Croton Care Codiaeum variegatum
This small evergreen shrub, species cultivated for many years from the monsoon tropics of South India, Ceylon and Malaya and Indonesia, has become numerous varieties that can be grown as houseplants. The magnificently colorful leaves can be long and thin or broad and rounded, straight or twisted, entire or lobed. The splashes of color become more pronounced as they age and the combinations of yellow, pink, red, orange, purple and nearly black are very festive within the glossy dark green, leathery leaf. They can be spotted, veined, speckled and striped. The size of the leaf ranges from 3-4” to 6” wide (8-10 cm to 15 cm) and 3” to 18” (8 cm to 45 cm) long and the plant ranges from 12” to 5’ tall (30 cm to 1.5 m) and 3’ (1 m) wide. They will grow quickly with the proper care and will be a beautiful, showy plant in your home.
Light and Temperature
The Croton will do best with at least 6 hours of indirect bright light and the more light the more color you will see in the leaves. As you can see in this picture the new leaves are a beautiful shiny green but the older leaves have a lot of red. There would be the red color in the new leaves also if this plant was given more light. Provide 12 hours of light if using artificial means. Daytime temperatures of 75° – 85°F (24-30°C) and nights of 65°F (18°C) are ideal from spring through fall. They must be kept away from drafts or the leaves will dry and fall. They can be kept slightly cooler through inactive growing months, preferably not less than 60°F (15°C).
Keep the soil just moist from early spring through fall and cut back to watering it only when the medium is dry about 2/3’s down the root ball from late fall through the winter. No water can remain in the saucer so empty it after you see the water run through or the roots may rot. A pebble tray of water will help provide some necessary humidity as will an occasional misting. A bright bathroom would be a great location. It will love the steam from showers and even its own occasional shower. This is a great way to keep the leaves dusted so they can ‘breathe’.
A basic soil based media mix of 1 part loam, 1 part light compost or leaf mold, 1 part sphagnum peat, 1 part coarse sand and 1 T. dolomite limestone (to help lower the acidity) per gallon of medium will be a good mix for this plant. Good drainage is essential.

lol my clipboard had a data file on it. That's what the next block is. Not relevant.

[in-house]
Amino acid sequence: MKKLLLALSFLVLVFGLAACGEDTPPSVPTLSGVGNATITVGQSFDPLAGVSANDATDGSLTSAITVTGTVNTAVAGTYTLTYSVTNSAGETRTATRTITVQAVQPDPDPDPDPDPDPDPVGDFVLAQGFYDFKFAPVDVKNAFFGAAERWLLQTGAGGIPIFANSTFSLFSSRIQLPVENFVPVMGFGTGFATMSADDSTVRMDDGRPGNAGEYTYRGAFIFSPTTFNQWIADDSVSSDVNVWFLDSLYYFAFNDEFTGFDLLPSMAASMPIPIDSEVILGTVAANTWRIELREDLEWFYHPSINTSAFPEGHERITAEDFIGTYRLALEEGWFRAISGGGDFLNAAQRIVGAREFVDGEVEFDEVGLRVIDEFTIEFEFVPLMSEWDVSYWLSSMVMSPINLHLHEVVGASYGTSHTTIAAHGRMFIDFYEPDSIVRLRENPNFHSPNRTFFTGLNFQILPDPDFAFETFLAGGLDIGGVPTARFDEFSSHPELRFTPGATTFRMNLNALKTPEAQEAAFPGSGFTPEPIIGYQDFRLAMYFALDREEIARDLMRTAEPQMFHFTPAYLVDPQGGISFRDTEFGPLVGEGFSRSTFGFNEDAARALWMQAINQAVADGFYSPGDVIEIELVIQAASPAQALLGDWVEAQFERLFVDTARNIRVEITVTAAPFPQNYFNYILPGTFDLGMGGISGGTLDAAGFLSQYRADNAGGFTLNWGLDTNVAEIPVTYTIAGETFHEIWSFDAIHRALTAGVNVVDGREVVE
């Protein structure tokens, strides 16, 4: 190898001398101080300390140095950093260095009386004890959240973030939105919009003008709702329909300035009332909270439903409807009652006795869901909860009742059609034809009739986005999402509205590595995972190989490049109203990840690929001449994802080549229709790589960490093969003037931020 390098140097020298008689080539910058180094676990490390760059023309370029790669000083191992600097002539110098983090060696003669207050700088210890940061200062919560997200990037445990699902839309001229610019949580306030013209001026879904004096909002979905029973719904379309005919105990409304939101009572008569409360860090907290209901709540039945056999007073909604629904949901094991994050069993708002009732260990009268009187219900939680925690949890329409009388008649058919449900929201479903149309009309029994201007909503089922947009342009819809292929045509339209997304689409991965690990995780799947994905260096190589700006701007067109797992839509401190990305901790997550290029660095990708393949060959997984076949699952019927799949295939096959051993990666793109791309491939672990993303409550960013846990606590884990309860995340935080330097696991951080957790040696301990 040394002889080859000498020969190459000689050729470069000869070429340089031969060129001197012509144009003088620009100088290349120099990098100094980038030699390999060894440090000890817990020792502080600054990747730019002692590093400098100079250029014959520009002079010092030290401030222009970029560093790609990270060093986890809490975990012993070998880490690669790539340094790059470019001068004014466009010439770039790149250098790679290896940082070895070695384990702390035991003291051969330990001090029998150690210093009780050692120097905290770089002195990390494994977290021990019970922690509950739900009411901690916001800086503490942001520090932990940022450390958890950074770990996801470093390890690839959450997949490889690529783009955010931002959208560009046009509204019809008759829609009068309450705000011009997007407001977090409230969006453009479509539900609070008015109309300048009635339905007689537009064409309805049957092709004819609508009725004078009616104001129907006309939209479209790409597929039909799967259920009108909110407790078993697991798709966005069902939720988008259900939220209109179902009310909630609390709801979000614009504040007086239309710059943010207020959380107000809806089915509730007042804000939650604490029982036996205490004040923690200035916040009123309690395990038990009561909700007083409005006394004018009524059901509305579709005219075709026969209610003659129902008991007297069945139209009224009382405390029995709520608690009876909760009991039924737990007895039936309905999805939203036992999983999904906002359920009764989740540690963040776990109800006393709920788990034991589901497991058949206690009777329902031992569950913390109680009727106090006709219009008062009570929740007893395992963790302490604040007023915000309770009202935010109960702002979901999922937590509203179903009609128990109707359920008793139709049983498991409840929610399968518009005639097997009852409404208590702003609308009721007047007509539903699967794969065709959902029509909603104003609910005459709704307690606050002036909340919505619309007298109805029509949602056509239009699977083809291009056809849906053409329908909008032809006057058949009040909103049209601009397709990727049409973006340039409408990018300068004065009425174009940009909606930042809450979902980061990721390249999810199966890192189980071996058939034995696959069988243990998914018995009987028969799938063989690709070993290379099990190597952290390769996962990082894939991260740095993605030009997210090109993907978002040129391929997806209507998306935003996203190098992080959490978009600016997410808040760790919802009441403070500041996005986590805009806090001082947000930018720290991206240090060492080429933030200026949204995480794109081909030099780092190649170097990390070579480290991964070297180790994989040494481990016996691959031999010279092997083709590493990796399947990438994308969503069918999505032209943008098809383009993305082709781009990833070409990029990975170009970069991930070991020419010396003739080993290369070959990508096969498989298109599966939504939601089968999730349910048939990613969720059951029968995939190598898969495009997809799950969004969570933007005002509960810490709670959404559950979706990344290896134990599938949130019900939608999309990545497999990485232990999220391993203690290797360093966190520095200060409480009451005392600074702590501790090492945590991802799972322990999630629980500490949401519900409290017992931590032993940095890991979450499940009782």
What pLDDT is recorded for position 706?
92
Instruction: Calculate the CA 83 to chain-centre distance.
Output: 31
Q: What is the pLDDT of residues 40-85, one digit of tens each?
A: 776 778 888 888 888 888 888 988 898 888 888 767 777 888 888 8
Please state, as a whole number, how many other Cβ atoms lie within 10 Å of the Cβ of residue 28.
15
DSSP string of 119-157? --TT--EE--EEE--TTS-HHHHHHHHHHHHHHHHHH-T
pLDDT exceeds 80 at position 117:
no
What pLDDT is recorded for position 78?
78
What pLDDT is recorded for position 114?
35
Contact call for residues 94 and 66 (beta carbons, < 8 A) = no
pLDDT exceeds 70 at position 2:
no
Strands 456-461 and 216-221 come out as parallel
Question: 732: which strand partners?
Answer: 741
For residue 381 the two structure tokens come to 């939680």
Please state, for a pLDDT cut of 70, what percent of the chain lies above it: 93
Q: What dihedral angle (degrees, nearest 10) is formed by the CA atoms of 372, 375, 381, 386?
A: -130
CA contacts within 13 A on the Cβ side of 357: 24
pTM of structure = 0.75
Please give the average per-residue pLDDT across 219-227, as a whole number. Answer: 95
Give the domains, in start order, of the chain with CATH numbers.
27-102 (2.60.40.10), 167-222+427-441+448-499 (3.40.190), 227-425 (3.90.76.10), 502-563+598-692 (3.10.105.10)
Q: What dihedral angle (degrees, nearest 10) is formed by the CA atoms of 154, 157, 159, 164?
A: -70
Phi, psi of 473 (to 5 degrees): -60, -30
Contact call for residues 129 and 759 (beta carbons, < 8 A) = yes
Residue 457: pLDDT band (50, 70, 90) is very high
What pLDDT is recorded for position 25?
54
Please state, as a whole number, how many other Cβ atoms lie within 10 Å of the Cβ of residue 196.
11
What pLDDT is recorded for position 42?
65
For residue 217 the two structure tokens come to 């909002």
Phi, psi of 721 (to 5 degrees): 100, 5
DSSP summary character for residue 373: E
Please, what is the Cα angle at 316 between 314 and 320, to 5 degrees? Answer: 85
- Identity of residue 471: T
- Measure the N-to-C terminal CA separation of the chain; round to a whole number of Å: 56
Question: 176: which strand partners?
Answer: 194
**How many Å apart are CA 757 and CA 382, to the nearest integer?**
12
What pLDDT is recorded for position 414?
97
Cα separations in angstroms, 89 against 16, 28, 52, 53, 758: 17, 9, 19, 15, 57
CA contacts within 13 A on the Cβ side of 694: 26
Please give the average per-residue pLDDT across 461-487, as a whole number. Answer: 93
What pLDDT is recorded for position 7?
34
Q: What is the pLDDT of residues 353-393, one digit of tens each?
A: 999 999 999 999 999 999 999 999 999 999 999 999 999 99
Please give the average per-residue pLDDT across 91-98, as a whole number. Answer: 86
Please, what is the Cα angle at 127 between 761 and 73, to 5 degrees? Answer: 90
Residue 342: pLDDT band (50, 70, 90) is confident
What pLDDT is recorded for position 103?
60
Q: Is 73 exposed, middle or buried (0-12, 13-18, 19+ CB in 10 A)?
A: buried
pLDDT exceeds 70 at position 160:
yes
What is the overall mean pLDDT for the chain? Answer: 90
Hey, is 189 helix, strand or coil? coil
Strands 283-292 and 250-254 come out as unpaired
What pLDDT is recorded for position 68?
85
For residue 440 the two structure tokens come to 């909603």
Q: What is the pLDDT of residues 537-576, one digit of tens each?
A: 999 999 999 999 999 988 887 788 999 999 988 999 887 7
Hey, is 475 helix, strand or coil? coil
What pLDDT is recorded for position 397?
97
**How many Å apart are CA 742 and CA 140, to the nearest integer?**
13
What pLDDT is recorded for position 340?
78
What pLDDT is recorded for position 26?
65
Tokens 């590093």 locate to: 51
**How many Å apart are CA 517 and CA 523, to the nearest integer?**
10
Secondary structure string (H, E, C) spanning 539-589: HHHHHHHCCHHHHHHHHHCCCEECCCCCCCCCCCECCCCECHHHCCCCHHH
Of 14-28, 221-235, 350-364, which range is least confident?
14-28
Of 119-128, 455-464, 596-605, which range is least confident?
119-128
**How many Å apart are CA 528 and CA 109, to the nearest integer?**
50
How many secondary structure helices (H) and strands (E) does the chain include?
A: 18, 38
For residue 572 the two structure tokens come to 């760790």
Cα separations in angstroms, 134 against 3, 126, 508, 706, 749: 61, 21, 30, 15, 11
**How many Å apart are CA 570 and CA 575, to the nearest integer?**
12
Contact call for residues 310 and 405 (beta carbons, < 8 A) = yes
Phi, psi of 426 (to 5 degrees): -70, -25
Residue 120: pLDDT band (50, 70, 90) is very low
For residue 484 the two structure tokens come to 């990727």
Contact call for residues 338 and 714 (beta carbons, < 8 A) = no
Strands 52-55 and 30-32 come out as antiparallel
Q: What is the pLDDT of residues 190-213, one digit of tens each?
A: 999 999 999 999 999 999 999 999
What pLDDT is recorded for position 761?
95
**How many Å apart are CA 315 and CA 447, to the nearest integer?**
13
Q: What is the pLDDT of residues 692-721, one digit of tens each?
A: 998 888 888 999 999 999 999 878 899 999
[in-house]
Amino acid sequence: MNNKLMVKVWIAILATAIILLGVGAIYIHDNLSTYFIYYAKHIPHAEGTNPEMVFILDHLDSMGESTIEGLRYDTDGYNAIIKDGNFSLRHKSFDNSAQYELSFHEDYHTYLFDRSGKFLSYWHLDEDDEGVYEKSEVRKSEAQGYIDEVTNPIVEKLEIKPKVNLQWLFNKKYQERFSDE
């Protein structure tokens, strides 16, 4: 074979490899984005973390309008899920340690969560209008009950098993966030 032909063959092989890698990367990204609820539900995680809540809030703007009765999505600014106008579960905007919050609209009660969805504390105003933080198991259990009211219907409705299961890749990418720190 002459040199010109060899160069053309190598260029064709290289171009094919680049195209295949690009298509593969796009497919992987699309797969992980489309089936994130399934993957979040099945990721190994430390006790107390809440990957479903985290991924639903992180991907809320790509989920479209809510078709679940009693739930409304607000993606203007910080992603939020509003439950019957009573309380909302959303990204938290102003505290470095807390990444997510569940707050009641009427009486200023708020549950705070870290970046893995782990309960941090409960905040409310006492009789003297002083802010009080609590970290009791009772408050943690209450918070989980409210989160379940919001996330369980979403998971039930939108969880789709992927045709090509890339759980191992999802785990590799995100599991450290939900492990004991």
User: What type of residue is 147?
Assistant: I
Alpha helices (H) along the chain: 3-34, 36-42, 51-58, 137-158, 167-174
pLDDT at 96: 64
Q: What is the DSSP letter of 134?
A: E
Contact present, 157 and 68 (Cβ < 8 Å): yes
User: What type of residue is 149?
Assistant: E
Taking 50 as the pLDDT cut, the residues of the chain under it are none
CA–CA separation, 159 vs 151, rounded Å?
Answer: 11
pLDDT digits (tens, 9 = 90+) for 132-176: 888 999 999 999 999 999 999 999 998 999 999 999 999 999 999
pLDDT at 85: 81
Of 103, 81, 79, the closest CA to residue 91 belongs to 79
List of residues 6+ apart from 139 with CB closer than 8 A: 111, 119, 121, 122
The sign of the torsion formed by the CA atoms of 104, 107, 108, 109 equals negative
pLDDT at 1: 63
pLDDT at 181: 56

Begin feeding in the spring with a diluted 10-10-10 fertilizer and use twice a month until fall. When you re-pot your plant do not feed it until the following spring.
You may get 3-4” (8-10 cm) long racemes with insignificant little cream colored flowers on a mature plant in late winter or early spring.
Pests and Problems
Humidity and air circulation – but not drafts – will help keep the scale and red spider mite infestations away.
Humidity and warmth will help keep the leaves from drying and falling. Dry air may cause a mildew-like appearance on the leaves and these leaves will fall.
Each year or two, if your plant is growing rapidly as these normally do, you can re-pot into the next size pot in the spring using a light, well-draining, medium as described above. When it gets to a size you like you can top-dress and prune rather than re-potting. The cuttings you prune off are perfect for propagation.
Stem cuttings can be taken from January through June and, using a rooting hormone, put into a very light medium but may only root properly in a heated, humid greenhouse. Propagation can also be done by air-layering. The milky sap can be irritating to skin.
A good pruning in the early spring just as active growth is beginning will encourage dense growth.
The common name croton is misleading because within the Euphorbiaceae family there is the genus Croton which is a different plant than the genus Codiaeum which is the one cultivated as the popular houseplant. Also commonly called ‘Joseph’s Coat’ due to the many colors.
var. C. ‘Acucbaefolium’ – has small, thin bright glossy green leaves spotted with yellow.
var. C. ‘Duke of Windsor – has wide linear leaves, wider at the base, of deep green with gold to orange centers, red midrib with red-orange margin.
var. C. ‘Imperialis’ – has almost entirely yellow elliptic leaves on a small compact plant and does well indoors.
var. C. ‘Mona Lisa’ – has large, broad ovate leaves lobed with the young growth almost entirely creamy-white edged in green. As they age the center and ribs have reddish tints and the green turns olive or coppery.
var. C. ‘Norwood Beauty’ – has oak leaf shaped leaves and is commonly known as ‘oakleaf croton’. The tough 3 lobed leaves are dark green with bronze to brownish red edges with yellow veins.
var. C. ‘Punctatum aureum’ – has narrow linear, dark glossy green leathery leaves with yellow spots. It is considered a miniature plant, as these are shrubs in the wild, but the leaves still get to 12” (30 cm).